New Music Monday: August 26th

posted by Cassie Betten on 08/26/2019

These releases among others are available to request at wyce.org/request or call (616)742-9923  For a complete list of everything we add visit: grcmc.org/wyce/music/library

 

 

Raphael Saadiq – Jimmy Lee 

Releasing his first album in eight years, Raphael Saadiq returns with an album that unpacks past childhood traumas and events, centering around the death of his brother Jimmy Lee from a heroin overdose. Understandably, the album is dark and examines the relationship many addicts have with the prison system, their communities, drug dealers, and the War on Drugs. Saadiq seeks to educate younger audiences on these topics, saying "I feel like people are not educated at a young age to know like, 'OK, you have a choice to go behind bars and become a number and for somebody to profit off you for free labor and it's enslaving your brain, your mind.’ It's just taking so much away from you." The subject matter is juxtaposed against a variety of styles, whether it’s more funk driven or dark, swirling ambient textures. All the while, Saadiq shows his 40 years of experience crafting music on this record, from the lyrical delivery to the production on each track, it’s an album that stares down the pain of addiction and offers a helping hand to those in need of a way to process the emotions that surround it.

Highlights: "Something Keeps Calling (feat. Rob Bacon)", "Glory to the Veins (feat. Ernest Turner)", "Kings Fall", "So Ready"

 

Sunny War – Shell of A Girl 

Since her 2014 debut record Worthless, Sydney Lyndella Ward, known as Sunny War, has steadily won over the hearts and minds of audiences members with her blend of traditional folk and blues music that lyrically expresses the concerns of 21st century life. With the release of Shell of a Girl, a follow up to her 2018 critically acclaimed release With The Sun, listeners are treated to a more matured Sunny War reflecting on the events of her life. Growing up with a single mother in Nashville and Rochester, music became a strong part of her life at age 13. With a move to California and immersing herself as a teen in the punk scene, Sunny War found herself riding the rails and living homeless while also combating substance abuse. These distinct, visceral experiences serve as the foundation for the lyrics, while “the songs on Shell of a Girl come from her attempts to write a radio-friendly single, inspired by wildly varied influences like commercial jingles that fascinated her as a kid, the cross rhythms of bossa nova guitar, even a peculiarly twisted version of circus classic “‘March of the Gladiators.’” (Sunny War’s Henhouse Productions Bandcamp Bio) This album has some great storytelling and comfortable song arrangements, it is very easy to hit play at the top of this album and settle in for a ride that takes you all across Sunny War’s past travels and experiences.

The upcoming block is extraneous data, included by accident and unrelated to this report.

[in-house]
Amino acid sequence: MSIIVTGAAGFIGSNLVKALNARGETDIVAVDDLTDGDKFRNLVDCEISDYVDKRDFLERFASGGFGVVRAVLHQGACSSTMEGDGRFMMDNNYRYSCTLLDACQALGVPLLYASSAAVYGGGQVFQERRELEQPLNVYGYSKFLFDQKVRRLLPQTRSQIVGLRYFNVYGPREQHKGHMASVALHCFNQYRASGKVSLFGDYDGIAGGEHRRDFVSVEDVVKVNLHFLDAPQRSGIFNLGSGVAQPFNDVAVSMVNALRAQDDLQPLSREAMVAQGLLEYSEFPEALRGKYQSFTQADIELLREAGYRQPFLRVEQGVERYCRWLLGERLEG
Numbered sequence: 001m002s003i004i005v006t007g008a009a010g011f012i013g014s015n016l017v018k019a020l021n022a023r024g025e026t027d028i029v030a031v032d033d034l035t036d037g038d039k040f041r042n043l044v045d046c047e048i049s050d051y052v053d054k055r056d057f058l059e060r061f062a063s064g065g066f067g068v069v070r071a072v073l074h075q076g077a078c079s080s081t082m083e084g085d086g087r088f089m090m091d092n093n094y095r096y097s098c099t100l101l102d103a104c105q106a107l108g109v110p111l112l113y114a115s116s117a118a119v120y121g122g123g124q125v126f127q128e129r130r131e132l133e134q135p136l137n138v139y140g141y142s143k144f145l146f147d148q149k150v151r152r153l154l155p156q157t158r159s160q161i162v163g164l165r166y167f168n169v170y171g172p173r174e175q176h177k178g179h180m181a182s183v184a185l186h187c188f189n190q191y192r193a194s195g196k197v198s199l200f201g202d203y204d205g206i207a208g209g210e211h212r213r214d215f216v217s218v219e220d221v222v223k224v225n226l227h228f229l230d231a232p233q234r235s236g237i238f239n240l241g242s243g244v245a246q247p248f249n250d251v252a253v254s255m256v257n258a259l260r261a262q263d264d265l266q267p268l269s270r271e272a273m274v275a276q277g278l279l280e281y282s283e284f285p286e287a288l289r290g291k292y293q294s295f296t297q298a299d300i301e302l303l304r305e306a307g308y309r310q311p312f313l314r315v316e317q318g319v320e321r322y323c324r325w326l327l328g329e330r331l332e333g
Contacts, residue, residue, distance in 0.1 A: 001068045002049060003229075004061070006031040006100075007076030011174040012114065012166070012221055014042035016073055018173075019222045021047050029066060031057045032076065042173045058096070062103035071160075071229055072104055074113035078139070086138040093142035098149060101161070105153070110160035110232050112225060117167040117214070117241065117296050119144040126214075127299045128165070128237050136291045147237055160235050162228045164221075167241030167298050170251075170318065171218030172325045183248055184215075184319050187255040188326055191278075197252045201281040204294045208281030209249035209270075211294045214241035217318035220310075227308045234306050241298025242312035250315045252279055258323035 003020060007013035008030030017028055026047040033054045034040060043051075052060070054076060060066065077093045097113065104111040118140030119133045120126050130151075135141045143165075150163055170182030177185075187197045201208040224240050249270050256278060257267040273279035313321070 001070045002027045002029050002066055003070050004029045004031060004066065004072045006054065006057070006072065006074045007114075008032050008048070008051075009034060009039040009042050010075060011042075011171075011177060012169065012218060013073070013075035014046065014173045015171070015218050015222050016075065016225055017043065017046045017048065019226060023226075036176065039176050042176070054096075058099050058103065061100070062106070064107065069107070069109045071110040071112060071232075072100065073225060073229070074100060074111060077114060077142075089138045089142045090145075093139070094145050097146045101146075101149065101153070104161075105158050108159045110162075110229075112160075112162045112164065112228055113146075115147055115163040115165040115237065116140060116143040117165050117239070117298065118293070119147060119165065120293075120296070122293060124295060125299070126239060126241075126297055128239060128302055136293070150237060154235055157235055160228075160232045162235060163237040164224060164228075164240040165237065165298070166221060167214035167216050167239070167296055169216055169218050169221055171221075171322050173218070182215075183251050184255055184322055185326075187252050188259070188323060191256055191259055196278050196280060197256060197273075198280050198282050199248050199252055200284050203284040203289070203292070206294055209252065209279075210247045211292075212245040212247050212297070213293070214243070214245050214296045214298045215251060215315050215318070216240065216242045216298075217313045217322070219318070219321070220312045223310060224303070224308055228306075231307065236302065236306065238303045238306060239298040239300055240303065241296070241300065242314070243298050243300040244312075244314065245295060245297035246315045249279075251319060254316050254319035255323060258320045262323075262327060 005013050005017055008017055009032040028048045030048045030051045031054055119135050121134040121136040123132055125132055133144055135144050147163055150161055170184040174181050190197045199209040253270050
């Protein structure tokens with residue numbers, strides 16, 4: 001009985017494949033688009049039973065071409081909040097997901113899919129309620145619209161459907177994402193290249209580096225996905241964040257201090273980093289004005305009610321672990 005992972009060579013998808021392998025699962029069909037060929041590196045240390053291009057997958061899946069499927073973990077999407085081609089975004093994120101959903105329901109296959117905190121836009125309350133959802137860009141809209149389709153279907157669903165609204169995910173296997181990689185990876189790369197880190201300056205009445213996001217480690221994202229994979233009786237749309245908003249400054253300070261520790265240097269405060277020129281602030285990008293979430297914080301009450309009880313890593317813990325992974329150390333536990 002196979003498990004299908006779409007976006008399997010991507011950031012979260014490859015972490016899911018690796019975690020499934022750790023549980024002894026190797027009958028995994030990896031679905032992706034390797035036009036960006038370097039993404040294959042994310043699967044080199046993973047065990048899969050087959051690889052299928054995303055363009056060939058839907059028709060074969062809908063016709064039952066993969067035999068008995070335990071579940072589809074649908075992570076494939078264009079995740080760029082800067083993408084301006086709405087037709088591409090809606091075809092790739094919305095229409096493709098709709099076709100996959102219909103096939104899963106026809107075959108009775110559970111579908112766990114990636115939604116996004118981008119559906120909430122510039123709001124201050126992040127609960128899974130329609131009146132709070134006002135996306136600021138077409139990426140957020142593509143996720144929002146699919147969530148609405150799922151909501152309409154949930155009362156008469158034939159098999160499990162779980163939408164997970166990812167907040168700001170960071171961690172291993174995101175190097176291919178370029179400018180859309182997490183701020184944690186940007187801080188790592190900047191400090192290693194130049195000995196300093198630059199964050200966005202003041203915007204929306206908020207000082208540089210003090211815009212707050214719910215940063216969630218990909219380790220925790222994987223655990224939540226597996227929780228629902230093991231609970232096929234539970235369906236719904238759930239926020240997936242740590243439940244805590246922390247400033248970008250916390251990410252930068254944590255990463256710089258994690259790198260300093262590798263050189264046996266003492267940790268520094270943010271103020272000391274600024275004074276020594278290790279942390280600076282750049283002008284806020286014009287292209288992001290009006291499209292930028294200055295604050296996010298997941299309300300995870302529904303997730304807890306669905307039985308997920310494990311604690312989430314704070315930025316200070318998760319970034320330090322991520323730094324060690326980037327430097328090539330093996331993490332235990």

Highlights: "Shell", "The Place", "Drugs Are Bad"

 

Bon Iver – i,i 

While I personally haven’t explored all of Bon Iver’s catalog, I can feel from listening to i,i that Justin Vernon is trying to communicate something different with this record. There are a variety of textures that translate to a unique listening experience, almost like knowing a Picasso painting upon immediate glance because the form is so distinct. Swirling synths, faint background choirs, horn sections that sound live-tracked in a room and then stitched into the digital foundations, and vocals, even when layered with effects, are front-and-center in each track. Justin Vernon’s vocal delivery is emotional, with songs like “Naeem” nearly bringing you to tears as the high points in the chorus sound like he is choking up from the messages he’s trying to delivery. Throughout the record, there are punctuated points of vulnerability, hitting listeners with more feeling than easily decipherable lyricism or point-of-origins for the sounds blended together. It’s an album that blends the technical skill in production and arranging that Bon Iver is known for and further exposes the man behind the name to long-time audiences. This was a great album to start with, and I can’t wait to explore the rest of his catalog.